It happens every year around this time. I start jonesing for school. I love the beginning of a new school year, all the fresh opportunities. I know I am a geek, but I always loved registering for classes, especially in college, planning exactly what to take when and how to space out all the classes so I wasn't having to write papers for all 5 classes. (This is an occupational hazard of English majors. That and having to pay an arm and a leg for textbooks and Shakespeare anthologies, and later chiropractic bills to reverse damage induced by carrying all those expensive books.) My mom used to joke that I would be a student forever if I could make a living at it.
Which I guess is partly why I became a teacher. Here was a chance to decide not just what classes to teach, but also what material I would use. It was heaven. Also, I was lucky to have taught at an alternative school where the principal was very supportive of bringing in unorthodox teaching methods and materials. My very favorites were the Drama classes, in which we read most of August Wilson's works. He is the most amazing contemporary playwright and it was incredible to teach those plays. If you have never heard of him, you should seriously check out one of his plays. (If you are a first timer, I would suggest starting with "Fences" or "The Piano Lesson." Wilson won Pulitzers for both of those plays) He wrote a cycle of 10 plays, one for each decade of the twentieth century, each depicting the black man's struggles. The beauty of these plays, however, is that his themes transcend race and time. Anyone can relate to something in his plays, I believe.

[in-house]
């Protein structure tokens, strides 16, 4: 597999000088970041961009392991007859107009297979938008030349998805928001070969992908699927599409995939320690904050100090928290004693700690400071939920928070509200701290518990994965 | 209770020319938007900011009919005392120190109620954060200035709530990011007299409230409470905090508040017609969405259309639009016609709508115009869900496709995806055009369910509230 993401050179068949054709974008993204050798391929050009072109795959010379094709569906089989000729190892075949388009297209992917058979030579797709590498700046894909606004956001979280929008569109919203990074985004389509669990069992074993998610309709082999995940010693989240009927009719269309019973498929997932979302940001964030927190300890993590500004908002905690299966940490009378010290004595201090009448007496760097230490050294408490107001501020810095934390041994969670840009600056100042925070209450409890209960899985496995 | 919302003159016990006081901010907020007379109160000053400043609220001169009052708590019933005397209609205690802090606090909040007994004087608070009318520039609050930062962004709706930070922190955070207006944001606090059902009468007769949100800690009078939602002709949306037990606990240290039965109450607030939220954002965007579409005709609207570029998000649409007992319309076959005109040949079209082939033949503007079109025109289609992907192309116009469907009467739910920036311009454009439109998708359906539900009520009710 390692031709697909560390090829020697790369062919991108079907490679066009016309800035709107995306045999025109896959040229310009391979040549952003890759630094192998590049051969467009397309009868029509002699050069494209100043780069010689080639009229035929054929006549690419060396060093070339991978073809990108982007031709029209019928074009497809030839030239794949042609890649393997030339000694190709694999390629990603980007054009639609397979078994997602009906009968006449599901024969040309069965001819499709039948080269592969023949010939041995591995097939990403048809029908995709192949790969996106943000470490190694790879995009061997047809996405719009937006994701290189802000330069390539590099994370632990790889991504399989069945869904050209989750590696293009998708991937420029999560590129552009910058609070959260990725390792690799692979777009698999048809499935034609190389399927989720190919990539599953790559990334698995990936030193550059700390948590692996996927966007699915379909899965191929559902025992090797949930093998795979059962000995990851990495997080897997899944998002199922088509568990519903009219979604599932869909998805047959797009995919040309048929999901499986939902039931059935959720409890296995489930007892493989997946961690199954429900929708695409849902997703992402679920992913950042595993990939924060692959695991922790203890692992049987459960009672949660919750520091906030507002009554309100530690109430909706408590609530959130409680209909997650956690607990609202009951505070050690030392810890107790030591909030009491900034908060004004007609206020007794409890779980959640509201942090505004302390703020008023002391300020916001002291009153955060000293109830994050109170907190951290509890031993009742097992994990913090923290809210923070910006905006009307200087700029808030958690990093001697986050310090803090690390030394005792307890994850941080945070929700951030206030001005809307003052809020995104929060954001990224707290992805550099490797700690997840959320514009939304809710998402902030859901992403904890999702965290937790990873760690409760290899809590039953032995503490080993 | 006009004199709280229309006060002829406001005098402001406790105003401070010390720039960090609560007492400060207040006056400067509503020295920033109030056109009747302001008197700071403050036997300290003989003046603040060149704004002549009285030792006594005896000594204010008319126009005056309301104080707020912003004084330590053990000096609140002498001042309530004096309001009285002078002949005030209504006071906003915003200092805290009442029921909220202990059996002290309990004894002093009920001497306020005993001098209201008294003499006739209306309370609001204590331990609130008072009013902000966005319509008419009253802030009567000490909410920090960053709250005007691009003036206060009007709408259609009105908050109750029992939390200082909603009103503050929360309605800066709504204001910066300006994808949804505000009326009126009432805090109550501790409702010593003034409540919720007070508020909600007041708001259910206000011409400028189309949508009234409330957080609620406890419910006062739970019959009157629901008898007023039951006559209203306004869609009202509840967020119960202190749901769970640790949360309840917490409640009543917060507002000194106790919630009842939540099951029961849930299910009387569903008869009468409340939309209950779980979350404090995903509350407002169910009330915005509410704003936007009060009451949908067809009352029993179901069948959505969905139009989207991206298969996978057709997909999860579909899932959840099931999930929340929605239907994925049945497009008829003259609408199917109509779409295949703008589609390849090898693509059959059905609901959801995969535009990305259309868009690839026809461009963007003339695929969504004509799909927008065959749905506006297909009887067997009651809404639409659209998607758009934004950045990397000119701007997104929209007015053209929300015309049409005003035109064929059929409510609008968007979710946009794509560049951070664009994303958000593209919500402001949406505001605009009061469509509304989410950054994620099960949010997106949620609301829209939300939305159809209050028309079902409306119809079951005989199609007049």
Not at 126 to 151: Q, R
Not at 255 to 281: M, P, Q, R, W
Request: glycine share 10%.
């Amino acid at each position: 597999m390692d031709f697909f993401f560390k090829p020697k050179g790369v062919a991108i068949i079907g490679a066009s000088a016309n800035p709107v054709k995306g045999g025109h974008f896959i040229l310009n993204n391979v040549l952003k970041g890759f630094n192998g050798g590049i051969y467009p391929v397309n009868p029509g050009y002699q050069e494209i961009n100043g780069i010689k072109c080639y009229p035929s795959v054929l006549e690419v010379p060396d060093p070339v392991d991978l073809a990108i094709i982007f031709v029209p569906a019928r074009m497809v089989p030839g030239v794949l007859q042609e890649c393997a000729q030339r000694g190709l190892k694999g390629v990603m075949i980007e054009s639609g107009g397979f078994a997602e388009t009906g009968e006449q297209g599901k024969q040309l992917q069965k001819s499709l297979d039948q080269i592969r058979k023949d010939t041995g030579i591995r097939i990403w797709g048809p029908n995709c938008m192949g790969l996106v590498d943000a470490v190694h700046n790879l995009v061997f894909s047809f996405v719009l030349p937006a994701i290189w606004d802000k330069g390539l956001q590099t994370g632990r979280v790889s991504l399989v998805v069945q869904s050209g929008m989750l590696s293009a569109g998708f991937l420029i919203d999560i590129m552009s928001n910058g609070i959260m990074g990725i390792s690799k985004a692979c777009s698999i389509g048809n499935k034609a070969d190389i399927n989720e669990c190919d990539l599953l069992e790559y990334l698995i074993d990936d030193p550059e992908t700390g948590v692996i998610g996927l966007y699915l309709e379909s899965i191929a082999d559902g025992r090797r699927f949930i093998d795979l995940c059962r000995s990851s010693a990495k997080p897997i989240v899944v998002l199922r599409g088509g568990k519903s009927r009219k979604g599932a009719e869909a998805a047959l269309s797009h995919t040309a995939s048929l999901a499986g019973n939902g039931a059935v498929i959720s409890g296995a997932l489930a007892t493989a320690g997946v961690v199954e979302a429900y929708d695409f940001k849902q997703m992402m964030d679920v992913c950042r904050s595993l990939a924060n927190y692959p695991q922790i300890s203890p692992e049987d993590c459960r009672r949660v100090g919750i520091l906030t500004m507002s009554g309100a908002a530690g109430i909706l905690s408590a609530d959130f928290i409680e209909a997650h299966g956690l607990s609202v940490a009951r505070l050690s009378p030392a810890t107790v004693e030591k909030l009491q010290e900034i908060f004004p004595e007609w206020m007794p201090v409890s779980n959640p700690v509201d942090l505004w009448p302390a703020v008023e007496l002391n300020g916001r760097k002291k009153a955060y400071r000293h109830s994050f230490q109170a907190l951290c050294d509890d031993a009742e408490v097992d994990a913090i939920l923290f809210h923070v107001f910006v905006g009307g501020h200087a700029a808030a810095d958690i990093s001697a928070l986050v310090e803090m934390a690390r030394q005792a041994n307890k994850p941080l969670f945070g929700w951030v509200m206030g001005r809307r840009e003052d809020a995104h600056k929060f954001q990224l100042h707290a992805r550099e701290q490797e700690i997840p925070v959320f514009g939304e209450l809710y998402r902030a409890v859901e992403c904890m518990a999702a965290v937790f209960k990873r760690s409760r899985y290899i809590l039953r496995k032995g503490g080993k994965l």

I was incredibly lucky to have had a chance to hear him speak in Chicago about 2 years before his death. Wilson is one of my heroes, completely brilliant, but he is a high school dropout, which made him an easy writer for most of my students to relate to.
I think I may take out some of his plays and reread them. Maybe it will comfort me a bit when school starts.